Along the western edge are activity rooms, which can be flexibly reprogrammed, including a music and drama room, art and craft rooms and dementia-friendly spaces, all arranged to look upon and open out to a sensory garden. The centre of the deep plan is occupied by services or therapy rooms that do not require natural light, such as the immersive ‘Snoezelen’ room, a therapeutic multisensory environment developed in The Netherlands in the 1970s. 

Additional vertical wall bracing and appropriate redundancy was built into the structure, which allowed analysis to be undertaken to demonstrate that the removal of a column would not cause the structure to collapse disproportionately.
Ross Harris, structural engineer, BakerHicks

It’s a taster of the enormous range of facilities offered by the new centre, massively expanded from the old to serve the local area and a rash of new homes being built in the vicinity, a mainly residential suburb on the northern flank of Glasgow. These include: two other pools – a 25m, eight-lane main pool and a hydrotherapy pool; high and low-impact studios; dance and spin studios; a gym; sauna; two squash courts and an eight-court games hall. In Phase 2 these will be joined by a sports dome with three synthetic surface pitches.

Back in the main lobby, I comment on the relative calmness in the centre. Kelly grins and checks his watch: ‘Just wait until half-past three when the kids come after school: it’ll go ballistic.’ 

Aquatics centre

The analysis required increasing part of the composite concrete floor slab thickness to increase mass and dampen the effects of vibration on adjacent spectator viewing areas, ensuring the natural frequency of the floor slab was within acceptable levels.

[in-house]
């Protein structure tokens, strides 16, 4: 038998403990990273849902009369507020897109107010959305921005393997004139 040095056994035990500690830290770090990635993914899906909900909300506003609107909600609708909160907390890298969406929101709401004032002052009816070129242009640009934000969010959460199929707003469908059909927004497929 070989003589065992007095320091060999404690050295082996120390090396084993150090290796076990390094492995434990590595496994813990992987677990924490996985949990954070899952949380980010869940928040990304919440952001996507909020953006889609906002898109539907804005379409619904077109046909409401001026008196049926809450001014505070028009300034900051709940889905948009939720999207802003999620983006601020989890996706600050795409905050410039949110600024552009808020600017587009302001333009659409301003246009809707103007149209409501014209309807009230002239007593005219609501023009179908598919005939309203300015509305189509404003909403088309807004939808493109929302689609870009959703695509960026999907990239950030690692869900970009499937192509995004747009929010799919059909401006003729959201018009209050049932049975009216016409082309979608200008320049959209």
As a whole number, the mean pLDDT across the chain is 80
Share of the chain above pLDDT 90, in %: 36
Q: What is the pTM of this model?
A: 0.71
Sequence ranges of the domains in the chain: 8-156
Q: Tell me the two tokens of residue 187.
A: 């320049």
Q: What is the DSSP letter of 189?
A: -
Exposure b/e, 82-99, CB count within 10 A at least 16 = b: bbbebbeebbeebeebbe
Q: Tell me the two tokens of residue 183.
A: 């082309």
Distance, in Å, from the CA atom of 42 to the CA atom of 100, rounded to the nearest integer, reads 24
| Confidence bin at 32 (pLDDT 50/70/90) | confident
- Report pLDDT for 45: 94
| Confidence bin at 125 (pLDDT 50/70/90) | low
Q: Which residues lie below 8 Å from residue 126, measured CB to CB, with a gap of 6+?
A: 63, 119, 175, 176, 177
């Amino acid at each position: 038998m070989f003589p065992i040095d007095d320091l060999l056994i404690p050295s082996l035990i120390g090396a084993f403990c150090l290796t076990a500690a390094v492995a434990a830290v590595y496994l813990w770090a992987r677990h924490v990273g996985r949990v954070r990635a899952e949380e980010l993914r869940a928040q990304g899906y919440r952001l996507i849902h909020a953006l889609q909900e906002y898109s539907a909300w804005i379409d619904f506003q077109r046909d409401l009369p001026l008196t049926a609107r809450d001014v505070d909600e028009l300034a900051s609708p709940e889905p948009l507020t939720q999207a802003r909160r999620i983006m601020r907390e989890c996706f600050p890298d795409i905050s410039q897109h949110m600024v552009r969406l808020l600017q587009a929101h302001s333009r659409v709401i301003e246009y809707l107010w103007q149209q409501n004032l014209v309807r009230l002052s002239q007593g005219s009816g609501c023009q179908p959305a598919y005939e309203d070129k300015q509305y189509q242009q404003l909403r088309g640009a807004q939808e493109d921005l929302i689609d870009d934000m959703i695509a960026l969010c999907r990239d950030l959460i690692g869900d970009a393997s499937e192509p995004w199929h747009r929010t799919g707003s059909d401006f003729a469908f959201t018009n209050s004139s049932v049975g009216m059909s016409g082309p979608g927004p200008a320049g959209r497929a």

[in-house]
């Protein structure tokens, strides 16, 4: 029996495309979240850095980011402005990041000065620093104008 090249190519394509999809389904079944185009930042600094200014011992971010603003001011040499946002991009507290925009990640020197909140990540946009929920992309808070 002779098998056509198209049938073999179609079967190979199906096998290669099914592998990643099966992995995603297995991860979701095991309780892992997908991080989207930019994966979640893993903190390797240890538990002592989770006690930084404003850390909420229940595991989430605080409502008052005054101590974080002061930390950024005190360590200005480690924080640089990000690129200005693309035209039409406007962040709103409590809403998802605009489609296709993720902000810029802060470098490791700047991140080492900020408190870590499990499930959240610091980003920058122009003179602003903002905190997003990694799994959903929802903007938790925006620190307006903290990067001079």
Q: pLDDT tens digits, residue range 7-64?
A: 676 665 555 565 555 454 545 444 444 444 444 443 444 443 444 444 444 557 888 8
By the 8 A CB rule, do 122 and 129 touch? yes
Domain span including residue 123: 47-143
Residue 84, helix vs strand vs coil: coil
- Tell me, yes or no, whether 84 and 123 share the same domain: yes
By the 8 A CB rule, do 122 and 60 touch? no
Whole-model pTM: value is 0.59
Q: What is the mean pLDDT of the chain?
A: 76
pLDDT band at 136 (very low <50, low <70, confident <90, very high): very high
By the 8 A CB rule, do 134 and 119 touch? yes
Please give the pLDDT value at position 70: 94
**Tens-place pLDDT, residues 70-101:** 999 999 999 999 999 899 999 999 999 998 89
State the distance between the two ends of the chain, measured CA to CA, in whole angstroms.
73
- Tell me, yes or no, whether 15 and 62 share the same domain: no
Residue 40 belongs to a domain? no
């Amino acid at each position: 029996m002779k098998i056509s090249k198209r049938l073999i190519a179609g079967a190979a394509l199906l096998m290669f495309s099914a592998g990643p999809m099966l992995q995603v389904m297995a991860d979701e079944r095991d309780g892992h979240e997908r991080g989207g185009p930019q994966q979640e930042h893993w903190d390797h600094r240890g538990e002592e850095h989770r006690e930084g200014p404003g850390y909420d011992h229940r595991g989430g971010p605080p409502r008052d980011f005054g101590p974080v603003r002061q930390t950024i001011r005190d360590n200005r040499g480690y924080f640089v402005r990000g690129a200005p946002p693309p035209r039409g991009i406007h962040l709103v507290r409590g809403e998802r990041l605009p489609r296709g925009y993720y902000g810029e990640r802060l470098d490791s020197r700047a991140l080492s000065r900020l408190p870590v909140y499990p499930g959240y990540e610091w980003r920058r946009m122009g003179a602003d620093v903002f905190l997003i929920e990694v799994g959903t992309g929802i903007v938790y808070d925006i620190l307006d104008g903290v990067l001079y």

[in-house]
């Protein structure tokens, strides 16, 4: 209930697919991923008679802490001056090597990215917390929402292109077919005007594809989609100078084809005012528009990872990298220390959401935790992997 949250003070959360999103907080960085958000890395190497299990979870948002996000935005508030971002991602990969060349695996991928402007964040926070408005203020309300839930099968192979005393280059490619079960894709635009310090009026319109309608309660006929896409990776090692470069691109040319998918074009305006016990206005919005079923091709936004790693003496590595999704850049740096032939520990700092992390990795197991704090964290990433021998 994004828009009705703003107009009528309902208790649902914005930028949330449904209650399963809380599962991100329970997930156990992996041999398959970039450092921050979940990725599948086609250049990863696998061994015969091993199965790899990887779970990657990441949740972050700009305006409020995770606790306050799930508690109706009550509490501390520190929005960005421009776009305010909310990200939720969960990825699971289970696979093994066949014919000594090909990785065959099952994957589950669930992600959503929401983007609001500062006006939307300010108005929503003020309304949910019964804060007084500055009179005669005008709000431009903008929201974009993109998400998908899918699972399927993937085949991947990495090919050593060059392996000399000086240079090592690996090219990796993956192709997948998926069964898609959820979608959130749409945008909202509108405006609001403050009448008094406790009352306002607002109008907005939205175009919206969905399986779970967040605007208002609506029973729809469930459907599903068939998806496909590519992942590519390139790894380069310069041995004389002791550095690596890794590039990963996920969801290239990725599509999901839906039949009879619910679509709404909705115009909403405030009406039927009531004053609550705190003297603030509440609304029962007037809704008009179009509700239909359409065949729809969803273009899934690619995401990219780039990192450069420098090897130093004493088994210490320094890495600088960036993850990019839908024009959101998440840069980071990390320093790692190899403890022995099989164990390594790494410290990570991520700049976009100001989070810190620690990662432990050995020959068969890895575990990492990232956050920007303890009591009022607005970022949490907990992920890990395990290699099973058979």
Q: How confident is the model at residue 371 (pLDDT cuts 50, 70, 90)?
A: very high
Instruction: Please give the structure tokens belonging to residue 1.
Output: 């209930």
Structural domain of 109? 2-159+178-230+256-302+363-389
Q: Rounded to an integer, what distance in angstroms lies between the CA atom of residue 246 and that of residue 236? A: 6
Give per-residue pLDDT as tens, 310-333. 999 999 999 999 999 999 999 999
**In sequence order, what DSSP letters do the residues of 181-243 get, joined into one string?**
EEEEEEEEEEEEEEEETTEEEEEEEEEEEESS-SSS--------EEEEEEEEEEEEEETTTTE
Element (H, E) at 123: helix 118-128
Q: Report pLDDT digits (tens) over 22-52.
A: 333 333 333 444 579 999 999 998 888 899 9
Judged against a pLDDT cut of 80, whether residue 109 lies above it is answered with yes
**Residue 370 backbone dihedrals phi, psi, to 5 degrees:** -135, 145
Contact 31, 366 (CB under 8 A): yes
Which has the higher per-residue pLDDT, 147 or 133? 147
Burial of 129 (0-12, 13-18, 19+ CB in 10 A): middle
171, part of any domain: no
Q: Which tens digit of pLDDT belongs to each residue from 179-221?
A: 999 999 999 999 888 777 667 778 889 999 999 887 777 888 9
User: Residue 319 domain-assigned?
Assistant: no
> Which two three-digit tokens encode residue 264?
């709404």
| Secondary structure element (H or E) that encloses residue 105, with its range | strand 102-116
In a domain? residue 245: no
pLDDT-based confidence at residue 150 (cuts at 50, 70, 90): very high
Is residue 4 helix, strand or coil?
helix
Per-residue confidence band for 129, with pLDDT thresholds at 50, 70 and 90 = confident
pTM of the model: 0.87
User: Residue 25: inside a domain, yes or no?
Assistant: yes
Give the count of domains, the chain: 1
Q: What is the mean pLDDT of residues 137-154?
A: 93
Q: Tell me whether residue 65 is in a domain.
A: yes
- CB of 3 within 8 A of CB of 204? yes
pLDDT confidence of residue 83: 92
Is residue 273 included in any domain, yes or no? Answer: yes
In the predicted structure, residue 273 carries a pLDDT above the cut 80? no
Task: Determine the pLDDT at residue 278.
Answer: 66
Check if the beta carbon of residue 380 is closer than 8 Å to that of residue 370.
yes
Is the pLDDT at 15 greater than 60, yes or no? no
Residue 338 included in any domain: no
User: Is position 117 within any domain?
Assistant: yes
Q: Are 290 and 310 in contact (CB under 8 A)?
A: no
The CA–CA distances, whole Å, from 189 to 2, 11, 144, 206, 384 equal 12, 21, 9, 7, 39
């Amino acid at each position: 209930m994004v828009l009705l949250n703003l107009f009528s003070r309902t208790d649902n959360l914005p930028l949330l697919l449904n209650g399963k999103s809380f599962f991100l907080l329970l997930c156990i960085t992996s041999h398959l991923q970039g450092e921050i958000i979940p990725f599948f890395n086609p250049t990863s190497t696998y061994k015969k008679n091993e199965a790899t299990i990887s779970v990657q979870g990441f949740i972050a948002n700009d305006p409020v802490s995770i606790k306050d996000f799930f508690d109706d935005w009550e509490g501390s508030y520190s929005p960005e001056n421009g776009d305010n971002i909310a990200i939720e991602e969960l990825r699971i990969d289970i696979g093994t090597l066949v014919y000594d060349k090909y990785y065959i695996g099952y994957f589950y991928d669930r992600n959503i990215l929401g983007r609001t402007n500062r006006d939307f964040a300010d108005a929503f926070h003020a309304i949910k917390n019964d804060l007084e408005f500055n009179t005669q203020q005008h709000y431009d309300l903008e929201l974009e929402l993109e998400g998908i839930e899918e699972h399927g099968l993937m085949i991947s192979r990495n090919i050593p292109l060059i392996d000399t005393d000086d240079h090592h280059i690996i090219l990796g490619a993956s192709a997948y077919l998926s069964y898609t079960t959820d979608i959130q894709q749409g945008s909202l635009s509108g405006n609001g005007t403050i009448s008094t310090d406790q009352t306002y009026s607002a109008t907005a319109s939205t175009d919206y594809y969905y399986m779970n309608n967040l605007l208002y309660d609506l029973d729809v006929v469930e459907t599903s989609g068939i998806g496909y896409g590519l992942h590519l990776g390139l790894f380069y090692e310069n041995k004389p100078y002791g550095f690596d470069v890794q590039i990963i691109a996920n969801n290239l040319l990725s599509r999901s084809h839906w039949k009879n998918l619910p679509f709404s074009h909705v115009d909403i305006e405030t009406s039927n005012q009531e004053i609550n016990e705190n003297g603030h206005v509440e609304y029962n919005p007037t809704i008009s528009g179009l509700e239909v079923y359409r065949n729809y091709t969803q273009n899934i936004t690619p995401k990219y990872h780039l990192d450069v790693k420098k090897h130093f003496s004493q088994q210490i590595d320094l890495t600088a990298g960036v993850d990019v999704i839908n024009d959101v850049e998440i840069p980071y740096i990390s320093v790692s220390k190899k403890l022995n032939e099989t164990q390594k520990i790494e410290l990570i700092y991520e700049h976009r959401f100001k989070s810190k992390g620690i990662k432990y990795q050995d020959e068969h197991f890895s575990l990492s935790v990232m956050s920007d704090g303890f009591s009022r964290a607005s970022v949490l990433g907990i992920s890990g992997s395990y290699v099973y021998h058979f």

If this building’s layout does not quite shake off the sense of being a diagram of the functional adjacencies required in the brief, it speaks the language of straightforward, decent public service architecture and is clearly developing into a successful piece of local infrastructure, piloting a new leisure-cum-care model of community hub.

Source: Chris Humphreys

Foyer/ social space

At the north end, a large multi-functional space sits adjacent to the kitchen so that meals can also be served there. In addition there’s a larger production kitchen where users can gain skills for employment in catering. Throughout, high-specification and thoughtful detailing is apparent. 

 

Working detail

What does push the design envelope is the spatial generosity, light and cleanly resolved detailing of the interiors in a building type often noted for grim, brash functionality. The practice has clearly fought hard and successfully to maintain the relatively high spec of finishes within the available budget, including extensive use of timber.